My speakers say 4-8 ohms? What are they?

deanos63

Standard Member
Hi all,

All of my speakers say IMPENDANCE: 4 - 8 Ohms.

Now doing some research, I have found out that this means they can be used with an amp in this range ( I think, correct me if I'm wrong)

However, If I was to say add an extra front speaker, how would I go about calculating the setup if all i know is that the speaker I have is 4 - 8 Ohm?

Example, My amp says use speakers between 8 - 16 Ohm. My current centre speaker say 4 - 8 Ohm, now i want to add another centre from the same channel on the amp?

sorry if I am being thick.:clap:
 

scjgreen

Active Member
If you wire the 2 speakers on 1 channel in parallel then the load on the amp should be 8 ohms.
 

piaf

Standard Member
I might be making some confusion but I would expect that two speakers in parallel give you half the resistance? So two 8 ohm speakers would go down to 4 ohm.

If you have a 4-8 Speakers most likey the average usage is around 6 (like mentioned for the XTZ).
If your Amp is 8 to 16, then you are now lower than you should be.
 
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Regardless of Parallel or Series connection I am not understand the net gain.

Its not like the volume going to be doubled or quality increased.

If the current centre is not cutting the mustard replace with one better speaker.
 

BlueWizard

Distinguished Member
Hi all,

All of my speakers say IMPENDANCE: 4 - 8 Ohms.

...

sorry if I am being thick.:clap:
Any chance these are Mordaunt Short speakers?

I think this "4-8" designation means that the speakers are mostly 8 ohms, but occasionally 4 ohms.

The lowest a drivers impedance will go is the DC resistance of the voice coil, which is typically about 75% of the rated impedance; so about 6 ohms for an 8 ohm speaker. However, once you add the acoustic loading of the speaker box and the phase shifts in the crossover network, it is possible that the impedance might drop slightly below the DC resistance at certain specific frequencies.

The dips, or low points in a speakers impedance, are usually just above and below the speaker's resonance frequency, which is typcially about 30hz to 40hz. In the case of the dip below the resonance peak, this is out of the working range of the speaker. The band above the resonance point, is usually pretty wide, and gradually increase has the frequency goes up.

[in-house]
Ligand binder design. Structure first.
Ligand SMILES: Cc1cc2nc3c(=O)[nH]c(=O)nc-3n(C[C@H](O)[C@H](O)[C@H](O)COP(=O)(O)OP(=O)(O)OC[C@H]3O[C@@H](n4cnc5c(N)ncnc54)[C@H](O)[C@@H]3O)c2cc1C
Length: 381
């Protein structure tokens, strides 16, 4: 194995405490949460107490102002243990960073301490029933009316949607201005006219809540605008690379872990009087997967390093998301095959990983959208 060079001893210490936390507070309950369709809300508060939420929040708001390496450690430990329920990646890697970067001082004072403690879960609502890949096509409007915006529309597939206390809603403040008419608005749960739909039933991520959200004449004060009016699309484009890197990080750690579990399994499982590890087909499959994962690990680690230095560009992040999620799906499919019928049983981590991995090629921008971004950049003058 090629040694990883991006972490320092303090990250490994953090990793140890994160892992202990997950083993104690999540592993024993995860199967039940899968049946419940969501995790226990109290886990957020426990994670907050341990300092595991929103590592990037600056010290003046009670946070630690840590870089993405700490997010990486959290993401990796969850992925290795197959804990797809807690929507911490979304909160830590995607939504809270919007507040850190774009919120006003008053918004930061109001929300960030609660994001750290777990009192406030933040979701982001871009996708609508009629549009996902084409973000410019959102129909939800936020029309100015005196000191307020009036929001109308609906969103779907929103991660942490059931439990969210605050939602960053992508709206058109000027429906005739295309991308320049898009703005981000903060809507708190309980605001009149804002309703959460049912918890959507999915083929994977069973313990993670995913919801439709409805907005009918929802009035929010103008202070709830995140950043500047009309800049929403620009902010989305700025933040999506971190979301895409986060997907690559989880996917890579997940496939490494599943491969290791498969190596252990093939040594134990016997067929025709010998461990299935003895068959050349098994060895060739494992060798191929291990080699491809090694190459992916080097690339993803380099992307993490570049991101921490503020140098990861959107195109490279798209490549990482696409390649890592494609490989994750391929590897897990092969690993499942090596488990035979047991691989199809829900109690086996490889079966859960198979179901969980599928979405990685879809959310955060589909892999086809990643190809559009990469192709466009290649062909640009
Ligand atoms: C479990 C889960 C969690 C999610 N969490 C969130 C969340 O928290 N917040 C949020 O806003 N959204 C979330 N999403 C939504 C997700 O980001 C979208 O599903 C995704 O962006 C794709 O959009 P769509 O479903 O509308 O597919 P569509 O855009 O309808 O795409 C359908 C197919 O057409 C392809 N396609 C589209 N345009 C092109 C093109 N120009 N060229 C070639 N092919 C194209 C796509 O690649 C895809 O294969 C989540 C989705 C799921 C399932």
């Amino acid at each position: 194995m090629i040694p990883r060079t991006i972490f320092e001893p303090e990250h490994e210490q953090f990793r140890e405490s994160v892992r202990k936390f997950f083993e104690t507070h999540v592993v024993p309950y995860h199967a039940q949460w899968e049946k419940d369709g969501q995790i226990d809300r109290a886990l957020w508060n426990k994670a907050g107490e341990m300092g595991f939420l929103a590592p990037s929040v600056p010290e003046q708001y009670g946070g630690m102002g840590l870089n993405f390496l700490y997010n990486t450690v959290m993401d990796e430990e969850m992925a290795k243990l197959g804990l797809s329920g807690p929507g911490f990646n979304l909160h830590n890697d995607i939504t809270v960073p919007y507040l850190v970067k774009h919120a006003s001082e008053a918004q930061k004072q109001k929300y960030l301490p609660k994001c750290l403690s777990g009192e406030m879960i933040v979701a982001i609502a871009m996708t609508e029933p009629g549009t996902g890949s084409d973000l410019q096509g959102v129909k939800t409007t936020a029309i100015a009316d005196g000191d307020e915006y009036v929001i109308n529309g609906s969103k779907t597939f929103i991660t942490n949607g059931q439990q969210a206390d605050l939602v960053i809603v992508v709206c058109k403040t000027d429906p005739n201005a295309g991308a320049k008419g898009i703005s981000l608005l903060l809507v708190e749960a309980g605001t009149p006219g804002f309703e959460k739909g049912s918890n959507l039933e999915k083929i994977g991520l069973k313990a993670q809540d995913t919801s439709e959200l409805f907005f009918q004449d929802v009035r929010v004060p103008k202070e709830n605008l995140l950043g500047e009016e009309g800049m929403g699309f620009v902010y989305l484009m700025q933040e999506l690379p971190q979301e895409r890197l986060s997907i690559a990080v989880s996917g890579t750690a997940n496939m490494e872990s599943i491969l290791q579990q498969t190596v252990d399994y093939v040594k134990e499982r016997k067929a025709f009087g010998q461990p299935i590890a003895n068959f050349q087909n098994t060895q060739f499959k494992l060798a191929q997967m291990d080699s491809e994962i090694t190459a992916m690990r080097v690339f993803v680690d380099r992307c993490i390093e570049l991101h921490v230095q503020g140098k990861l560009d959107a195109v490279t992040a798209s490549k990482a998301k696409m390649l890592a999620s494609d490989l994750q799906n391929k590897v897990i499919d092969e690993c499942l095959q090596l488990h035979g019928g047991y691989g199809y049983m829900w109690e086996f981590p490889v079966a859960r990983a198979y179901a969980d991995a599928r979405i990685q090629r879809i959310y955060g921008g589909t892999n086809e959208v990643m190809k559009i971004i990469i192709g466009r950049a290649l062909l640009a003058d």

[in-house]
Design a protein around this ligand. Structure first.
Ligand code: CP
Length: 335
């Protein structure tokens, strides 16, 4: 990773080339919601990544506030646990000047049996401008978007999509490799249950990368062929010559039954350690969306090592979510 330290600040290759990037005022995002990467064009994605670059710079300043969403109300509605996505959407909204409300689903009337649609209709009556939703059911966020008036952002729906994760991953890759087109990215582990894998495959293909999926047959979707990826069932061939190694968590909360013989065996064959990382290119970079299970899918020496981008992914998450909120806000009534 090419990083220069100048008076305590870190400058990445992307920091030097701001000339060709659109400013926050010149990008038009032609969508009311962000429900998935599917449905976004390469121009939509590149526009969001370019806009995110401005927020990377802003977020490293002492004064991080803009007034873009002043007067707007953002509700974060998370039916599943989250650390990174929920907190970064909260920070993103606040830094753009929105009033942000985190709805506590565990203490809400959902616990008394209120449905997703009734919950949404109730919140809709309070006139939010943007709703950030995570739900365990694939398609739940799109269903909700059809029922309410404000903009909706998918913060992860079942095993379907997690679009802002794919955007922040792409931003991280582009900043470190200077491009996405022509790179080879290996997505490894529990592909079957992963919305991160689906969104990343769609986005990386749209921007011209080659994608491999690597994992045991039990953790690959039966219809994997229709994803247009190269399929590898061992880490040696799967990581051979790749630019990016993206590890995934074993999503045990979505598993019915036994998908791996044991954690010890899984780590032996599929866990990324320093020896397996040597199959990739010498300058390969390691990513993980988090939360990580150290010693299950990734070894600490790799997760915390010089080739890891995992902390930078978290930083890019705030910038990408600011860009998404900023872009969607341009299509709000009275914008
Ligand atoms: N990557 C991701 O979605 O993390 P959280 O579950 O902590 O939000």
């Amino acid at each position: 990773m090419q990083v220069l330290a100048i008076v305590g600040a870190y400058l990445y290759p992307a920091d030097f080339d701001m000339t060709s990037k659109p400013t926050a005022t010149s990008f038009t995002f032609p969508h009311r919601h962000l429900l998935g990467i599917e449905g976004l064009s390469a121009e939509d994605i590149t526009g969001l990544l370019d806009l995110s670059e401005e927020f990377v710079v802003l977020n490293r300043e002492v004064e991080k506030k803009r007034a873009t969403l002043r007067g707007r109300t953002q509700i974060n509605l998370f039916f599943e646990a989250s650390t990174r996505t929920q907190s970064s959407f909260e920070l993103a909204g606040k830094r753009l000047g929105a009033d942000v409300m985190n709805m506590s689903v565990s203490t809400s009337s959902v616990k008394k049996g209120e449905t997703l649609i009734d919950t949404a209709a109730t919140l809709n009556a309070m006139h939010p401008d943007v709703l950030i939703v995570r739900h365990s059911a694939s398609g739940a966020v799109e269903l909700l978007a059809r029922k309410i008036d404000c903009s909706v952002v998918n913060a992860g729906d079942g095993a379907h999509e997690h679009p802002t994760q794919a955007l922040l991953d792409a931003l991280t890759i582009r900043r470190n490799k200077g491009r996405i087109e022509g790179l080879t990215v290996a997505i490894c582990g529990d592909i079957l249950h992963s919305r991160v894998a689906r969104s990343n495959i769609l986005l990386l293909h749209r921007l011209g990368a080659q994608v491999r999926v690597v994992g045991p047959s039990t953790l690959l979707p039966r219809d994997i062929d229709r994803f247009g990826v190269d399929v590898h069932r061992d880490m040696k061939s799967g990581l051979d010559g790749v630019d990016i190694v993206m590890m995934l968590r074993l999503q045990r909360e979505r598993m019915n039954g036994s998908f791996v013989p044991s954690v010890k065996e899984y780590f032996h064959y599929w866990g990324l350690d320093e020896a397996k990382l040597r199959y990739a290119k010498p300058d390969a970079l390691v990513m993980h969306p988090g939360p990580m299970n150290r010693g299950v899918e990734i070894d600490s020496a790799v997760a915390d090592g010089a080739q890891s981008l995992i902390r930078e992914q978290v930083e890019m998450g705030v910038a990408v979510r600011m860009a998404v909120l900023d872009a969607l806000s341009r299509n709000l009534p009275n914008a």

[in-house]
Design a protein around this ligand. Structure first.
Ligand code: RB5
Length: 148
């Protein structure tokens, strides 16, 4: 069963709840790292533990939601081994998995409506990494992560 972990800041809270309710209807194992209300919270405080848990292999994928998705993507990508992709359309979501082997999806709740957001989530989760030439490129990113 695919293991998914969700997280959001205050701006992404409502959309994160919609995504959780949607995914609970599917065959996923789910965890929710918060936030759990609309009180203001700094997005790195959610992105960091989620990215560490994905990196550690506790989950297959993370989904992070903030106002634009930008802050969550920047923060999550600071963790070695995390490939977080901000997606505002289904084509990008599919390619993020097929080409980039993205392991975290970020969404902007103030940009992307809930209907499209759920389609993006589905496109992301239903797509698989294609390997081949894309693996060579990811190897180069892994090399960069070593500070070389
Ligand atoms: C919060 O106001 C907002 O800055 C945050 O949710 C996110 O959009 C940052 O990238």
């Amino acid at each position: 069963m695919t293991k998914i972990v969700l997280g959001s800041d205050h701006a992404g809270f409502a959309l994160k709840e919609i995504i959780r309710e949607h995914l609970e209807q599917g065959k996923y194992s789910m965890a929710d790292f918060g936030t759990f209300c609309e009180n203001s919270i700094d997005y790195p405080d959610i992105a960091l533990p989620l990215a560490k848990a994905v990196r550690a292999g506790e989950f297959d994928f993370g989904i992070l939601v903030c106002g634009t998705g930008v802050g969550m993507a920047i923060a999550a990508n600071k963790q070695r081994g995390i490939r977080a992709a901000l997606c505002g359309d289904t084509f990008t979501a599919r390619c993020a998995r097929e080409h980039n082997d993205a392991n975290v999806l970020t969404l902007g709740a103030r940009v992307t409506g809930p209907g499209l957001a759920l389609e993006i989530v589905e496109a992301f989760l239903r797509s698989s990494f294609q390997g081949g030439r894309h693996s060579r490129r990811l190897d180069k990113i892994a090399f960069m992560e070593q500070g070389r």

Here is a link to a graph of the impedance of a typical 6.5" woofer (Dayton). The Impedance is the bottom line on the bottom graphs on the right. Notice the peak at about 35 hz, and the dip on either side of that peak. The dip appears to bottom out at about 200hz.

http://www.parts-express.com/pdf/295-305s.pdf

The low dip on the low end appears to be about 4.8 ohms at about 2 hz. The dip above the resonance peak appears to be about 6.8 ohms at 200hz. This speaker itself is rated at a nominal 8 ohms.

For the record, the impedance right at the resonant peak is 71 ohms, and at 20khz, it is about 85 ohms. Though, in all likelihood, components have been added to the crossover to keep the impedance of the woofer closer to 8 ohms as the frequency rises.

I think for the most part, you can consider your speaker functionally an 8 ohm speaker. However, since the impedance does drop low at one particular frequency, you should not use more than one speaker per amp channel.

So, I think, as long as you are only using one speaker on an amp channel, these speakers should work fine with virtually any amp.

In short, assuming you have the most basic reasonable amp, don't worry about it.

Steve/bluewizard
 
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Mark.Yudkin

Distinguished Member